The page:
story.


#12

Leonid - it is also interesting to note that Michelangelo signed the
ceiling painting as Michelangelo Buonarroti, Sculptor! He wasn’t a
painter and didn’t want to be a painter but he did the best he could.
To put it mildly.

Find the unique people, the ones who can change the world.

Barbara


#13

I have to agree with the Donivan’s statement that if you are a
designer, you “design.” There actually is a great deal of research
and science behind good design, and the designer has to know all that
in order to do the job. And yes, you have good days and
bad days, just like any other job. It is not as woo-woo as the
artist’s statements like to make it out to be. Mostly, good design is
just study, research, hard work, and hope. I think what distinguishes
a true “designer” or “artist” is that you cannot actually stop doing
it. I read somewhere that a truly creative person has great creative
ideas because they just have more ideas in general. The odds are that
eventually you will hit on a gem in the midst of all that gravel.

Mary Ferrulli Barker


#14

Michael Bair

sorry for the delay in reply i only just saw your post in the archive
not all of the messages come through to my inbox. You are correct in
calling me out on the golden rectangle ratio. But i do find that most
pear shapes are 2:1 although i did have a design in the past couple
of years that required a pear shape with a 3:1 to give me the look i
saw in my imaginat ion Is a “work ethic” working hard or smart? And
if you try some thing new, will you have to do it more than once? I
know I do.

I think a work ethic is both working hard and smart, One of my own
rules about working smart would be cleanliness i have found this to
be much more achieveable goal if I had stainless steel countertops
in my shop. working hard can seem like you are taking a long time to
do something but maybe you are just being carefull.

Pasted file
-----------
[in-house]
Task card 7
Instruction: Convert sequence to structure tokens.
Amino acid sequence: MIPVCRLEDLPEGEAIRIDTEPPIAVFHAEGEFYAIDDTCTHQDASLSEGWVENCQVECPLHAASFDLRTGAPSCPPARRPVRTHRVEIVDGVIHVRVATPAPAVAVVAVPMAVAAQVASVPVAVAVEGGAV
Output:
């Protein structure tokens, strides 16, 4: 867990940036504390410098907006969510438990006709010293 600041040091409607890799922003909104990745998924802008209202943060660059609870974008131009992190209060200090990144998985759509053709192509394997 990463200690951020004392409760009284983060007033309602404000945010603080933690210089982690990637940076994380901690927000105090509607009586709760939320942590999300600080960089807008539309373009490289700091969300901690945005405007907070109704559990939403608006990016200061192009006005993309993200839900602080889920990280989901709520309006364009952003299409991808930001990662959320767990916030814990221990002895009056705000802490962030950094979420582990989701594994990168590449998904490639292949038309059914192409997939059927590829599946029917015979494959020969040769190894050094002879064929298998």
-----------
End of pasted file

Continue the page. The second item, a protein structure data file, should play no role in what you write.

when you first made vintage reproductions didn’t you go beyond your
skill set?

you are correct i did go beyond my skill set at that time with a
caveat, which i should give a further explanation to that i do
experimental work to push myself when i can or have time. some of the
vitage style pieces that are pierced from flat sheet then folded and
seams soldered took me about 7 years to figure out the technique and
then several more years to develop some of the rudimentary skills. I
did not do it for a customer for money I did the designs for myself
it took a long time and quite a number of attempts to get something
presentable.

goo


#15
Design "can" be art, but this is not always true. Art is just art.
Design does not have to inspire feelings and emotions, whereas
feelings and emotions are required by art. 

The difference between a designer and an artist, is the difference
between a chemist and a scientist. While not every artist is a
designer, every designer must be an artist. But even this statement
does not truly reflect the nature of relationship. Painting can be
thought of as design with colour. Poetry can be defined as design
with words. Music can be described as design with sounds. Looking at
things from this point of view, a designer and a composer become
synonymous.

Whether one is a designer or not, does not depends on education,
professional certification, and etc. One can wash cars as a designer,
while another can design as a car washer. It is a state of mind that
people born with. Education is important, but in the final analysis
natural ability to arrange things harmoniously overrides everything
else. Whether particular arrangement have an emotional impact or not,
is simply a matter of intentions.

I matriculated in Monumental Sculpture. But in order to graduate, a
competency in Graphic Arts and Industrial Design were required. There
was a guy in my class, who could not design to save his life. But
with a pencil or a brush, all of us could not even touch him. He
flanked from the school, transferred to Moscow School of Painting and
Sculpture, which is the most esteemed Art School, where he graduated
with honors.

Leonid Surpin
www.studioarete.com


#16
but the above should be sufficient to put a face on so called "no
very experienced". 

Earth to Leonid, Earth to Leonid.

that means you do have a dry spell here and there, although you are
fortunate in that it's not a big problem for you. 

No, Charles, not ever, and that’s the whole point of this thread.
The thing can be summed up pretty well by going to another medium -
music. Everything comes out of (from) context. It’s the most common
question asked in interviews with musician/songwriters. Where do you
get your ideas? How do you write a song? The question itself betrays
a lack of understanding of music itself, and what musicians are
about, just like this thread. Nothing wrong with a lack of
understanding - that can be changed into understanding anytime. I’m
not a songwriter at all, but I can tell youjust how it works, still.
It’s just like a jewelry designer works.

I (the musician) am a musician. That means I understand music theory
to the degree I do, and I have experience - I have some hundreds of
little snippets of ideas and threads in my head, not to mention the
3,000 songs I actually know. I’m a musician.

I had a conversation with my niece yesterday - her parents are